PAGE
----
President-elect Ronald Reagan met for the first time yesterday with his interim foreign policy advisory board, a high-powered, bipartisan group that includes former president Ford and several other national figures. Missing, however, was George Schultz, a former secretary of the treasury who has been prominently mentioned as a possible secretary of state in the Reagan administration.
Schultz is president of the Bechtel Corp. in San Francisco and was unable to attend the Washington meeting because of a company board meeting in California. His absence, however, was viewed as "very significant" by one of the participants in the meeting, which went on for most of the day behind closed doors in the Senate and at Reagan headquarters in downtown Washington.
Sen. Howard Baker (R-Tenn.), one of the participants, later described the meeting as "a truly extraordinary forum." It included, besides Ford, former Nixon-Ford administration officials Henry Kissinger, Alexander Haig, Caspar W. Weinberger and Donald Rumsfeld, Sens. Baker, Henry M. Jackson (D-Wash.), John Tower (R-Tex.) and Richard Stone (D-Fla.), Texas Gov. William P. Clements, former ambassadors Anne Armstrong and John McCloy, and advisers Jeane Kirkpatrick, Eugene Rostow and Edward Bennett Williams.
Top Carter administration officials, including Secretary of State Edmumd Muskie, Defense Secretary Harold Brown and CIA chief Stansfield Turner, took part in portions of the meeting, providing briefings on current defense, foreign policy and intelligence situations for the Reagan group.
Reagan and Vice President-elect George Bush joined the group for about 40 minutes at the downtown headquarters yesterday morning just before Reagan left for California.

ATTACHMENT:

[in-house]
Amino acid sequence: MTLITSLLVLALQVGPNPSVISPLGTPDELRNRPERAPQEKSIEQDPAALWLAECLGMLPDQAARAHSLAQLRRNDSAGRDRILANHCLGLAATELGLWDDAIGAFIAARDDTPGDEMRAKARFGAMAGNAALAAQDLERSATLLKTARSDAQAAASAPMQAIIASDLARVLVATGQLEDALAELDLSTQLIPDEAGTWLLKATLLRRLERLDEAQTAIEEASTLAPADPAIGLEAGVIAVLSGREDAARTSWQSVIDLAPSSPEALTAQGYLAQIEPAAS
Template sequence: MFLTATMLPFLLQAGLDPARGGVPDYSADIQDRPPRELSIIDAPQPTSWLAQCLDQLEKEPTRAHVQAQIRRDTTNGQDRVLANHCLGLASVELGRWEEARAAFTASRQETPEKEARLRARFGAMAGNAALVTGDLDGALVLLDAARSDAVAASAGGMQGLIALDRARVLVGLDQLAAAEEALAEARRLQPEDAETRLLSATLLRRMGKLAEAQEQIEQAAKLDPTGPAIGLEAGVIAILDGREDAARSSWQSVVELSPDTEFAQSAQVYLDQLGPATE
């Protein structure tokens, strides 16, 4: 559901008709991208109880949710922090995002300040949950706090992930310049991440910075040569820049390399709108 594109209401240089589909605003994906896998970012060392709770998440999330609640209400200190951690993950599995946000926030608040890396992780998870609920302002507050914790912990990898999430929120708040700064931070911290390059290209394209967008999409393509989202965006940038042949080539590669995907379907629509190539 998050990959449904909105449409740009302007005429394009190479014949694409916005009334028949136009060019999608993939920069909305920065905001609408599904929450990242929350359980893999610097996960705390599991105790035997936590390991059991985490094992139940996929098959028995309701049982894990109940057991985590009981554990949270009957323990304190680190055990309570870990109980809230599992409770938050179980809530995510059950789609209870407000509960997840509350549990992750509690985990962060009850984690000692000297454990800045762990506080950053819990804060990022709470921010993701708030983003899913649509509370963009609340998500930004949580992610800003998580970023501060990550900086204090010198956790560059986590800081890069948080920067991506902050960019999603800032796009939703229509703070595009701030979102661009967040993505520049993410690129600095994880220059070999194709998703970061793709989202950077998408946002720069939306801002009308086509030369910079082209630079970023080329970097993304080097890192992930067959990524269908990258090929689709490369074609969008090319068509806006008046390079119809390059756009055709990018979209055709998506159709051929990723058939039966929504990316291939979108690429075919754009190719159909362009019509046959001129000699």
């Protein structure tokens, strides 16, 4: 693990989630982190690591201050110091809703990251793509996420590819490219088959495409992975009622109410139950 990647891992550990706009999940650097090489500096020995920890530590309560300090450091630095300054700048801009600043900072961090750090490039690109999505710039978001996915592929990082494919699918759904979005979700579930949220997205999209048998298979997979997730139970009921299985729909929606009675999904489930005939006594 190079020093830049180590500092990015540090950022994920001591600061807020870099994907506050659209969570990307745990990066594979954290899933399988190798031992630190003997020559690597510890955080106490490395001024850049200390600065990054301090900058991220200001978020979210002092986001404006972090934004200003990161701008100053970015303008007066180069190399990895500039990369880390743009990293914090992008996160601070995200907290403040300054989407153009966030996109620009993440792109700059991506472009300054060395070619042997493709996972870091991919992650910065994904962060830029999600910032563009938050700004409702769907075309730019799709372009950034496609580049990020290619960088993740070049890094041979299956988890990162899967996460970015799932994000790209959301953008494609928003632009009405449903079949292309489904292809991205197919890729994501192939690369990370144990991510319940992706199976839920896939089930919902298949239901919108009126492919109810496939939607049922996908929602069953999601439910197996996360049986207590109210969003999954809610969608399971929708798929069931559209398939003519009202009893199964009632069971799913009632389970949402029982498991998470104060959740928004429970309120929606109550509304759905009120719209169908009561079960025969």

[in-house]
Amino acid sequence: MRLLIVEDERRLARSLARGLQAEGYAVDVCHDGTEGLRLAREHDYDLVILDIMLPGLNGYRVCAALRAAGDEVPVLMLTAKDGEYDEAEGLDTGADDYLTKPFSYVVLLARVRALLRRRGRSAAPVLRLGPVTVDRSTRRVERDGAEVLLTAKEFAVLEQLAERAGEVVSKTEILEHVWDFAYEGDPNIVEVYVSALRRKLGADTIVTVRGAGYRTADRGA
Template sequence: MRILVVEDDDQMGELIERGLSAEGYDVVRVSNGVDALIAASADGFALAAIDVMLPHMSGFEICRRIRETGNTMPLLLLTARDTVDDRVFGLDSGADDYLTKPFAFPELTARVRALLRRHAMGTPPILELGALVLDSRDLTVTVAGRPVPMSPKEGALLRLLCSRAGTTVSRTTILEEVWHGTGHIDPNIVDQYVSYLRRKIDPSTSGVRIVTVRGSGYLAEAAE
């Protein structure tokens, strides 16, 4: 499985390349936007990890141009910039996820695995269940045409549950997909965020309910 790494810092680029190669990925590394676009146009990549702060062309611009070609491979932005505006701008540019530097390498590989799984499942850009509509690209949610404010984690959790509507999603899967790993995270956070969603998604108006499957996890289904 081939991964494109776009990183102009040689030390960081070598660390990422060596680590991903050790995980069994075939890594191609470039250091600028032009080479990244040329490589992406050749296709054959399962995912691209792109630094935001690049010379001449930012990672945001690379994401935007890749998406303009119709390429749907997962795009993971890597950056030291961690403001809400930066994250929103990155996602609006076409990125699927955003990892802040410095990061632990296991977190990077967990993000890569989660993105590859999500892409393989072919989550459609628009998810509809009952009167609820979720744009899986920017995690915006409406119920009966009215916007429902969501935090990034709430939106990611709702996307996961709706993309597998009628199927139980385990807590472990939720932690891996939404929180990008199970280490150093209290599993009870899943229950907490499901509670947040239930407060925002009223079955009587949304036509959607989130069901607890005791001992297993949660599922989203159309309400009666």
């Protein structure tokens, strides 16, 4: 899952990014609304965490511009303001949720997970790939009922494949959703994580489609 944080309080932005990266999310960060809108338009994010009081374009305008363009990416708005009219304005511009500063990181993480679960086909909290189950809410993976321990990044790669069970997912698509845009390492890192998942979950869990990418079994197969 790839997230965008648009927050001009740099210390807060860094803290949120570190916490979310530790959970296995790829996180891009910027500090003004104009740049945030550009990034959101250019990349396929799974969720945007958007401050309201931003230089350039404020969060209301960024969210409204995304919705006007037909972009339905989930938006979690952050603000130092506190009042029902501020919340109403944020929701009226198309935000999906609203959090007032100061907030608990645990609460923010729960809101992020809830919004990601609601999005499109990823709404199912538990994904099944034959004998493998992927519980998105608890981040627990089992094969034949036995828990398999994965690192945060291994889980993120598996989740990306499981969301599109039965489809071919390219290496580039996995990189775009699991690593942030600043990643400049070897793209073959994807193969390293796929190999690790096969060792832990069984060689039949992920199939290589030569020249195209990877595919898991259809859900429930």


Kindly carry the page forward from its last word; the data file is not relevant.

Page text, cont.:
Reagan campaign director, William Casey, told reporters later that the president-elect stressed his intent to carry on a bipartisan foreign policy.
Casey said the day-long gathering was meant to organize a comprehensive review of the foreign policy problems and opportunities that will face the new administration. The idea, he said, is for the committee to come up with a set of recommendations and evaluations of various situations in a report that can be presented to Reagan shortly before the inauguration in January.
The group, he said would meet again early in December.
Kissinger said, "Almost every topic you can imagine was discussed." Baker called it "the most substantive meeting" he had ever seen in his 14 years in the Senate.
Asked about his own role, Kissinger reiterated that he would be available for special assignment and advice but that "I don't expect to play a full-time role" in the new administration.
Asked what he thought about reports that his former deputy and ex-NATO commander Haig might become secretary of state, Kissinger said Haig was a "distinguished American and would be an outstanding selection."
Haig and Schultz are the two names most commonly mentioned for the State Department post, though Reagan again said yesterday that no decisions have been made yet on his Cabinet appointments. Schultz reportedly has told friends that he has some doubts about taking the post, if offered, and in an interview with The Boston Globe Thursday, he acknowledged that if he had any differences with Reagan, they probably would lie in Middle East policy.
Some participants at yesterday's meeting also said they detected a notable lack of communication between Tower, who would like to be secretary of defense, and Clements, who reportedly would like to see Tower remain as incoming chairman of the powerful Senate Armed Services Committee for the next Congress. It was reported yesterday that Tower's chances of getting the Pentagon post are now not good.
Later in the day, Reagan, aboard his plan en route to California, also seemed to indicate, according to United Press International, that Tower's status in the Senate would work against his being appointed to the defense post.
"I think the consideration with anyone who is in the legislature would have to reduce" the Republican majority there, he told reporters. Asked if that would apply to Tower, Reagan replied, "Yes." He said he would take the Senate situation into account when making his appointments.